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How To Mic A Guitar Amp
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How to Mic A Guitar Amp

There are many different microphone placement techniques that can be used when micing up a guitar cabinet. Close micing, ambient micing, micing the back of the cabinet, and reamping are all very popular. Not only are there many different ways to mic a guitar amp, there are many different microphones that can be used as well. Even still the type of microphone that you choose to use could impact your placement on the guitar amp.

Hands down the most popular of all microphone placement techniques is close mic placement. Close mic placement traditionally is uses a dynamic microphone selection and allows the microphone to hear exactly what is coming out of the speaker without allowing the surrounding conditions to color the sound the microphone is picking up. Dynamic microphones can withstand a much louder SPL, or Sound Pressure Level, than a condenser so it make sense that they are used more frequently when putting them in front of a very loud guitar amplifier. If the guitar amp speaker is not a great sounding speaker, you might find yourself just not liking the way it sounds at all.

A few things that you can try in this situation is to first change the microphones axis point in relationship to the speaker. By this I mean that when you set the mic in front of the guitar amp you probably pointed the head of the microphone directly at the amp. Off axis mic placement is the technique of changing the angle at which the microphone is being directed at the audio source. Try pointing the microphone at a 45 degree angle instead of pointing right at the speaker. Of course the alternative is to try a different microphone as well.

Another mic placement trick is to add a 2nd microphone to the amp. This can be an additional dynamic microphone that is on a different axis point than the first and it is almost always a different kind of microphone. It is also very popular to put a large diaphragm condenser microphone some distance away from the amplifier and use it as a room mic, or an ambient mic. This allows that microphone to capture the nature reverberation of the room and create a more realistic sounding guitar tone. It is not uncommon at all to actually use the ambient mic as the only microphone source in a recording. This would be more for genres like jazz, blue, R&B, and perhaps some country. Although most home recording studios don't have great sound rooms, if you try using your bathroom or perhaps a your garage you can get some good ambient sounds in these areas. Large livingrooms with vaulted ceilings are great!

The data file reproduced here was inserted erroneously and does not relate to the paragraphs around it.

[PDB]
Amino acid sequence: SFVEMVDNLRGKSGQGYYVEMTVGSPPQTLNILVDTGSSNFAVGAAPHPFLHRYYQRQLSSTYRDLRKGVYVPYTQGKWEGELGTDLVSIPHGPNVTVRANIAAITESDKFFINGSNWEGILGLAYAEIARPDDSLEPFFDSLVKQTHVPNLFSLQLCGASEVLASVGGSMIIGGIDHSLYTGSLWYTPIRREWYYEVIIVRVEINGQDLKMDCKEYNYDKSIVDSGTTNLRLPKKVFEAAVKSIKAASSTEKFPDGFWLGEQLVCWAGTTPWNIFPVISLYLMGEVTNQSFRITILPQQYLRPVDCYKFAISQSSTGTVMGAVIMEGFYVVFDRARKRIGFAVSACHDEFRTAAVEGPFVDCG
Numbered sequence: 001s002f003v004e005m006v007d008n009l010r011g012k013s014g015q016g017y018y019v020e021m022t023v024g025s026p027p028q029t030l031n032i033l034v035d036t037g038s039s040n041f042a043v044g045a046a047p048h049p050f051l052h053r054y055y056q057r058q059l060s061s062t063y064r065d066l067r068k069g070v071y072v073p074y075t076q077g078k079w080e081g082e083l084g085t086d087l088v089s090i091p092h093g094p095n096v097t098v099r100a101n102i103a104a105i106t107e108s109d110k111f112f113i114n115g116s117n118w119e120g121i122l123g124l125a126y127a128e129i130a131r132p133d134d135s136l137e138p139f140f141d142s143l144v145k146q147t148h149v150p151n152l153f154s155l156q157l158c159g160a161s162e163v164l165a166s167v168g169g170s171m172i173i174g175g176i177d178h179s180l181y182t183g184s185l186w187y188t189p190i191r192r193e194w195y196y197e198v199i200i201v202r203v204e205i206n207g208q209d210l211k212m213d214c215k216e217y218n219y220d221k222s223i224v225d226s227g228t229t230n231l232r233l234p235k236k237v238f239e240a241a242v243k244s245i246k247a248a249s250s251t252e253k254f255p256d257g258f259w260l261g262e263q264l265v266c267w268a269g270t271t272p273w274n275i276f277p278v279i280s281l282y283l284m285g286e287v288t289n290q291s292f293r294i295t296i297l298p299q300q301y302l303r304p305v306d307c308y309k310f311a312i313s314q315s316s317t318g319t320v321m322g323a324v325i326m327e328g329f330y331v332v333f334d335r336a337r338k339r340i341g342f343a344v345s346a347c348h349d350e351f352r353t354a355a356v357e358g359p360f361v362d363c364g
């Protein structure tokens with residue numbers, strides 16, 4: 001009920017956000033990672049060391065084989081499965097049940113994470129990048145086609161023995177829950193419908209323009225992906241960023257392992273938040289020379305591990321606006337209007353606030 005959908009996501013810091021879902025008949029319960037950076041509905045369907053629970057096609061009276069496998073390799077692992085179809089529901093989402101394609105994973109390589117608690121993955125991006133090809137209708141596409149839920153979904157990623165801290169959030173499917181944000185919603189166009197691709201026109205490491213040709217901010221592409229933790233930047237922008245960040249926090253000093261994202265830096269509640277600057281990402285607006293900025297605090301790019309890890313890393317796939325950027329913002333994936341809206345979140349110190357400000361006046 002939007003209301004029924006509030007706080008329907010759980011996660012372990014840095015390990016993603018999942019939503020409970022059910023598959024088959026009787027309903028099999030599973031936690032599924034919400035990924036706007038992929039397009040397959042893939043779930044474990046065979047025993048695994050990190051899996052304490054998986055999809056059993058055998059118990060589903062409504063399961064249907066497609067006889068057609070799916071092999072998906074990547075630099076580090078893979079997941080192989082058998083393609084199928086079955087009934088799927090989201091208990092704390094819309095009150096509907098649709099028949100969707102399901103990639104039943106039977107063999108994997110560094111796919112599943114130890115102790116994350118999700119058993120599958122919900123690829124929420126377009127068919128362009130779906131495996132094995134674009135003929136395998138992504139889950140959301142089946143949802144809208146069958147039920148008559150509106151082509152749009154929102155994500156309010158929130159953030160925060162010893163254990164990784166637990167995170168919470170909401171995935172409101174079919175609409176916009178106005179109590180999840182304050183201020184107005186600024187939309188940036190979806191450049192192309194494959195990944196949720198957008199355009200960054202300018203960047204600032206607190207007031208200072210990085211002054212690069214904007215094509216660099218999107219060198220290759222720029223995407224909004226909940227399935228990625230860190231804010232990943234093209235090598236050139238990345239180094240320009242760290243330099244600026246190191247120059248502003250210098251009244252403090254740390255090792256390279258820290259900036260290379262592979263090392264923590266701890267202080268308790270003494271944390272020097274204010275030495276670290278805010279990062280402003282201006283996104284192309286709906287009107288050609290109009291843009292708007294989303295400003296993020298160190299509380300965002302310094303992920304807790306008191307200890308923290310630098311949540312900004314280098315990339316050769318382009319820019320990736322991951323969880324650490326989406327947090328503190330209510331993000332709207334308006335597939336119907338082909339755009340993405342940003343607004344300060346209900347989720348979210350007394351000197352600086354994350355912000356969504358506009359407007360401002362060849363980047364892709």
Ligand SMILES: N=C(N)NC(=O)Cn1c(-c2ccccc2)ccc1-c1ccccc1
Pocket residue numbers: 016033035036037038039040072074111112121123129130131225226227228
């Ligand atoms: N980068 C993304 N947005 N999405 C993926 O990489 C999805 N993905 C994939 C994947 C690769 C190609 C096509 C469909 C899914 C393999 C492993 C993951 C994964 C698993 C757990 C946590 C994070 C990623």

If you are using an open back amplifier this offers even more mic placement options as it is possible to add yet another microphone at the back of the amplifier pointed at the speaker. Close micing the back of an amp will normally sound much darker and perhaps “muddy” sounding compared to the front of the amp. This will not be the only microphone sourced used to get your guitar tone but if you blend it properly with the other microphones that are in the front of the amp it is very possible to get some great results using this method. Just be sure to not use too much of a muddy sounding microphone in your blend. It's really just for texturing.

Reamping guitars is the process of using a pre-recorded guitar track and rerouting that track out of your recording device through a reamping guitar direct box, and then back into the input of a different guitar amplifier. This is a great method to getting lots of really cool guitar tones without the guitar player having to stand in the recording booth for hours as the recording engineer tweaks and tweaks until they find the desired tone. Just be sure that if you want to use this method you plan ahead before you record the guitar track. Be sure to get a clean version of this. You do not want to reamp an already distorted guitar track.


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